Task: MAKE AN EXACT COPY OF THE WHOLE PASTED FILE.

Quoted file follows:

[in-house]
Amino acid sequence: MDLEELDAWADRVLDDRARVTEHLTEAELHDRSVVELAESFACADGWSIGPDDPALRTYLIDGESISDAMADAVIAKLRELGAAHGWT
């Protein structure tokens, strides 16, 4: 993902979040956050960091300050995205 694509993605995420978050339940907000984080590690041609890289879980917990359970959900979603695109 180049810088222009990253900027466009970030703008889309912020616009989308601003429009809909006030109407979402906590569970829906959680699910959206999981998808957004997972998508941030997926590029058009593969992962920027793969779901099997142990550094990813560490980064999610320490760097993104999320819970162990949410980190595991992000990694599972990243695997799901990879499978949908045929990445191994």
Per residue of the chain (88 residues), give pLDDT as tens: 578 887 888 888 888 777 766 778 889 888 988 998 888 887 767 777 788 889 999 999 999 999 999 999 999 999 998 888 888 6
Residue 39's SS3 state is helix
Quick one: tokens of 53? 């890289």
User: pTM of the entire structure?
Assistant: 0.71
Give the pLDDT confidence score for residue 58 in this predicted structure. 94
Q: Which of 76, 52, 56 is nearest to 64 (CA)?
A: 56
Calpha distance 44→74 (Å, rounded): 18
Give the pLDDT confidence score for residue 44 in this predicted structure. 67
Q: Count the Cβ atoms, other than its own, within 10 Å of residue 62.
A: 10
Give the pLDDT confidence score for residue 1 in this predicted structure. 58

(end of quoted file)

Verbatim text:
[in-house]
Amino acid sequence: MDLEELDAWADRVLDDRARVTEHLTEAELHDRSVVELAESFACADGWSIGPDDPALRTYLIDGESISDAMADAVIAKLRELGAAHGWT
């Protein structure tokens, strides 16, 4: 993902979040956050960091300050995205 694509993605995420978050339940907000984080590690041609890289879980917990359970959900979603695109 180049810088222009990253900027466009970030703008889309912020616009989308601003429009809909006030109407979402906590569970829906959680699910959206999981998808957004997972998508941030997926590029058009593969992962920027793969779901099997142990550094990813560490980064999610320490760097993104999320819970162990949410980190595991992000990694599972990243695997799901990879499978949908045929990445191994």
Per residue of the chain (88 residues), give pLDDT as tens: 578 887 888 888 888 777 766 778 889 888 988 998 888 887 767 777 788 889 999 999 999 999 999 999 999 999 998 888 888 6
Residue 39's SS3 state is helix
Quick one: tokens of 53? 């890289």
User: pTM of the entire structure?
Assistant: 0.71
Give the pLDDT confidence score for residue 58 in this predicted structure. 94
Q: Which of 76, 52, 56 is nearest to 64 (CA)?
A: 56
Calpha distance 44→74 (Å, rounded): 18
Give the pLDDT confidence score for residue 44 in this predicted structure. 67
Q: Count the Cβ atoms, other than its own, within 10 Å of residue 62.
A: 10
Give the pLDDT confidence score for residue 1 in this predicted structure. 58